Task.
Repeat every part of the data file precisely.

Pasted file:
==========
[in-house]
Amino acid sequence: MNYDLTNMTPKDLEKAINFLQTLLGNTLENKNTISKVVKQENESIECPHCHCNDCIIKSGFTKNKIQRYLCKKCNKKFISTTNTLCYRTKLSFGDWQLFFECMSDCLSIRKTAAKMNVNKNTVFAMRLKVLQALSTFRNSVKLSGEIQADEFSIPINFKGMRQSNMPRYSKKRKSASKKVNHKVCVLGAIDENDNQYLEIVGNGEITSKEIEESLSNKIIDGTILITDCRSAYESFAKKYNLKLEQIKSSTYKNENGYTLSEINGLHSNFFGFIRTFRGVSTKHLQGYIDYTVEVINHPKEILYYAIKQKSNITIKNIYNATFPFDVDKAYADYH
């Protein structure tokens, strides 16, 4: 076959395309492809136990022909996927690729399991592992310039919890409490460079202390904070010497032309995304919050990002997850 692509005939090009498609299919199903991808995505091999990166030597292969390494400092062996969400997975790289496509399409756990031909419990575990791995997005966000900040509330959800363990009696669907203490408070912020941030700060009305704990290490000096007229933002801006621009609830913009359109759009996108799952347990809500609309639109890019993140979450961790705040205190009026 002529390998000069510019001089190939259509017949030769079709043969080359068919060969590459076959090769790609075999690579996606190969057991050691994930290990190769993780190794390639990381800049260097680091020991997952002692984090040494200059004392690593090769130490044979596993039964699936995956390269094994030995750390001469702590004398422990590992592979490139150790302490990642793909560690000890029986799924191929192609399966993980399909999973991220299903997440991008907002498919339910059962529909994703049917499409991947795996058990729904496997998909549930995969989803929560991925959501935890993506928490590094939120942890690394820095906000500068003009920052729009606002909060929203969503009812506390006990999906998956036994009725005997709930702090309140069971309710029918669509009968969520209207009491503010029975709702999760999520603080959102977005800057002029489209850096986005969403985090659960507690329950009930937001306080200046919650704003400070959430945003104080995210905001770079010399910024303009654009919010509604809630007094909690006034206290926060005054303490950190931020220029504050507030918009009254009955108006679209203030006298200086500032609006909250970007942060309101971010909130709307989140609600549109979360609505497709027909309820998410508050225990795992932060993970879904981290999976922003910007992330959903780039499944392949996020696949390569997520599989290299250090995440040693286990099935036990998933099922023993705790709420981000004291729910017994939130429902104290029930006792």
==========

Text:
[in-house]
Amino acid sequence: MNYDLTNMTPKDLEKAINFLQTLLGNTLENKNTISKVVKQENESIECPHCHCNDCIIKSGFTKNKIQRYLCKKCNKKFISTTNTLCYRTKLSFGDWQLFFECMSDCLSIRKTAAKMNVNKNTVFAMRLKVLQALSTFRNSVKLSGEIQADEFSIPINFKGMRQSNMPRYSKKRKSASKKVNHKVCVLGAIDENDNQYLEIVGNGEITSKEIEESLSNKIIDGTILITDCRSAYESFAKKYNLKLEQIKSSTYKNENGYTLSEINGLHSNFFGFIRTFRGVSTKHLQGYIDYTVEVINHPKEILYYAIKQKSNITIKNIYNATFPFDVDKAYADYH
């Protein structure tokens, strides 16, 4: 076959395309492809136990022909996927690729399991592992310039919890409490460079202390904070010497032309995304919050990002997850 692509005939090009498609299919199903991808995505091999990166030597292969390494400092062996969400997975790289496509399409756990031909419990575990791995997005966000900040509330959800363990009696669907203490408070912020941030700060009305704990290490000096007229933002801006621009609830913009359109759009996108799952347990809500609309639109890019993140979450961790705040205190009026 002529390998000069510019001089190939259509017949030769079709043969080359068919060969590459076959090769790609075999690579996606190969057991050691994930290990190769993780190794390639990381800049260097680091020991997952002692984090040494200059004392690593090769130490044979596993039964699936995956390269094994030995750390001469702590004398422990590992592979490139150790302490990642793909560690000890029986799924191929192609399966993980399909999973991220299903997440991008907002498919339910059962529909994703049917499409991947795996058990729904496997998909549930995969989803929560991925959501935890993506928490590094939120942890690394820095906000500068003009920052729009606002909060929203969503009812506390006990999906998956036994009725005997709930702090309140069971309710029918669509009968969520209207009491503010029975709702999760999520603080959102977005800057002029489209850096986005969403985090659960507690329950009930937001306080200046919650704003400070959430945003104080995210905001770079010399910024303009654009919010509604809630007094909690006034206290926060005054303490950190931020220029504050507030918009009254009955108006679209203030006298200086500032609006909250970007942060309101971010909130709307989140609600549109979360609505497709027909309820998410508050225990795992932060993970879904981290999976922003910007992330959903780039499944392949996020696949390569997520599989290299250090995440040693286990099935036990998933099922023993705790709420981000004291729910017994939130429902104290029930006792």